From the observed area under the receiver operating characteristic curve, the ability to predict adolescent vaccination on the basis of parents' knowledge was low (C = 0.53–0.56). The ability to predict adolescents’ vaccination status on the basis of their knowledge was also low (C = 0.51–0.63).
In this high-risk population, few adolescents received HPV vaccination, highlighting the need to understand which modifiable factors explain why some patients obtain recommended vaccinations, whereas others do not. Although it is conceivable that knowledge is a prerequisite of healthy choices, it has been unclear if knowledge is indeed related to vaccination. In turn, this longitudinal study examined how strongly knowledge is associated with and predictive of subsequent vaccination.
This study found that neither parental nor adolescent knowledge was related to adolescent vaccination, as measured objectively at prospective time points. Some with low knowledge did get vaccinated and others with high knowledge did not get vaccinated, suggesting that, for many, knowledge was neither necessary nor sufficient. Visual inspection of the data did not reveal any relationships, and the measures of association between vaccination and knowledge scores, as well as single knowledge items, were very low. Additionally, knowledge did not predict vaccination. Prediction accuracy, based on the association between the predicted probability of vaccination and the observed response, was very near 0.50, indicating an essentially random chance (eg, by coin flip) of predicting future vaccination on the basis of knowledge levels.
The current findings need not be viewed as negating data from surveys, such as the National Immunization Survey–Teen, in which knowledge levels were not actually measured.24 Respondents who report, for example, wanting more information,24 cannot be assumed to have low knowledge levels, because these are distinct constructs. (Individuals with low knowledge levels can lack interest in learning more. Those with higher levels can express interest in learning even more.) Neither the National Immunization Survey study nor ours tested whether increasing knowledge levels will improve vaccine acceptance, but several other studies testing this possibility have not shown an effect.8,25–31 Collectively, these results do not suggest that knowledge is a primary determinant of vaccination.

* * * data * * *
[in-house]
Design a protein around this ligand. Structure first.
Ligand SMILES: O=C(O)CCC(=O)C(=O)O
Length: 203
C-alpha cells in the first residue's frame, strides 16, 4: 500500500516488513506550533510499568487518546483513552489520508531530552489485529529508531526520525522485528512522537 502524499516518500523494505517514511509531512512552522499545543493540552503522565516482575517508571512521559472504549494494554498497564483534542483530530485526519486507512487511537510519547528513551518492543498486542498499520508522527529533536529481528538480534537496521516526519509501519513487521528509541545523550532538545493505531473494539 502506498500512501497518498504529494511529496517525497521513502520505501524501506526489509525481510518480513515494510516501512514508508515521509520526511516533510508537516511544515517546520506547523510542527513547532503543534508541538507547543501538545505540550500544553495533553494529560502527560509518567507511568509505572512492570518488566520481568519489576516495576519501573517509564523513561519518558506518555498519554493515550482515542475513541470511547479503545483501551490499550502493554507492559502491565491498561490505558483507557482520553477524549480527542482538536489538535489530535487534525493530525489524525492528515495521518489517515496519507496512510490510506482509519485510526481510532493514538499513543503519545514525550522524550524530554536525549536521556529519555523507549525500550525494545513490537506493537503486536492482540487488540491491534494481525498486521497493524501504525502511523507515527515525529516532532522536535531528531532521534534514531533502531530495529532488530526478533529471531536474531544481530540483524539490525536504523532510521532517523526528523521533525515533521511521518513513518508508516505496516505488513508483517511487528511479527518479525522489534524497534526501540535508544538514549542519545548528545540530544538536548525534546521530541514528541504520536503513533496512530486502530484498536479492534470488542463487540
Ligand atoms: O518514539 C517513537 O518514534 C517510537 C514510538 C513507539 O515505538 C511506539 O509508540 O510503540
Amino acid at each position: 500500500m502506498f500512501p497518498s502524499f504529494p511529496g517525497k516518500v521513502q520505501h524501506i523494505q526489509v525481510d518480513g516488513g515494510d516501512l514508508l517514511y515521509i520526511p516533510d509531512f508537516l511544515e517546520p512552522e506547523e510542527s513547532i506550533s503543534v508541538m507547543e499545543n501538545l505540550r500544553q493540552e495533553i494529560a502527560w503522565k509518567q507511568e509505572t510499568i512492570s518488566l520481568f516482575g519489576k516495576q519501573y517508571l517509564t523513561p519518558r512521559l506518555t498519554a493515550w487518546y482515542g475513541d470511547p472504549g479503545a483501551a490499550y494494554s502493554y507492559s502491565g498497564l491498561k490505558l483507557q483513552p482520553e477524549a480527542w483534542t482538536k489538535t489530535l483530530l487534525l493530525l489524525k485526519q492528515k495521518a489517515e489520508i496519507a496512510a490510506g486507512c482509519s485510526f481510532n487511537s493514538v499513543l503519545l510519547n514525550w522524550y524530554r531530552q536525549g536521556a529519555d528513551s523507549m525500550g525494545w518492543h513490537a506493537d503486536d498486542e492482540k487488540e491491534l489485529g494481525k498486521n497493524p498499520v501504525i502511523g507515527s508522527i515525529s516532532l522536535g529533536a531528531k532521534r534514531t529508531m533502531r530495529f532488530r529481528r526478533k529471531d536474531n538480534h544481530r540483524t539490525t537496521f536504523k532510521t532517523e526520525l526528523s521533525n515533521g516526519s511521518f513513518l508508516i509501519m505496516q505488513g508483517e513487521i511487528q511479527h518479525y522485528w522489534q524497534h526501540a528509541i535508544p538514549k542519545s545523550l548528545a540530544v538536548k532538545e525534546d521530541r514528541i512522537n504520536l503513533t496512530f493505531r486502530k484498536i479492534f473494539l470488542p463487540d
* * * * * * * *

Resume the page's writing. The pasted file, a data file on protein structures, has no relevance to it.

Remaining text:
More generally, the current findings are consistent with the causal pathways of the most extensively validated behavioral prediction models, such as the Theory of Reasoned Action and Theory of Planned Behavior. In these models, correct factual information plays no direct role and is considered generally immaterial to behavioral prediction.32 Many studies of several health behaviors also find knowledge to be unrelated.32 For example, given small effect sizes relating HIV/AIDS knowledge and condom use, meta-analyses have reasoned that knowledge does not influence safe sex behavior and that knowledge is not the most appropriate focus for safer sex interventions.33 Instead, beliefs, whether factually accurate or not, are viewed as influencing behavior. For example, normative beliefs about who approves/disapproves of HPV vaccination may be more influential than knowledge levels.6,20,34 Fortunately, beliefs are modifiable and, in turn, theory-based interventions can successfully change behavior by targeting specific beliefs of import that underlie perceived norms, self-efficacy, or attitudes.35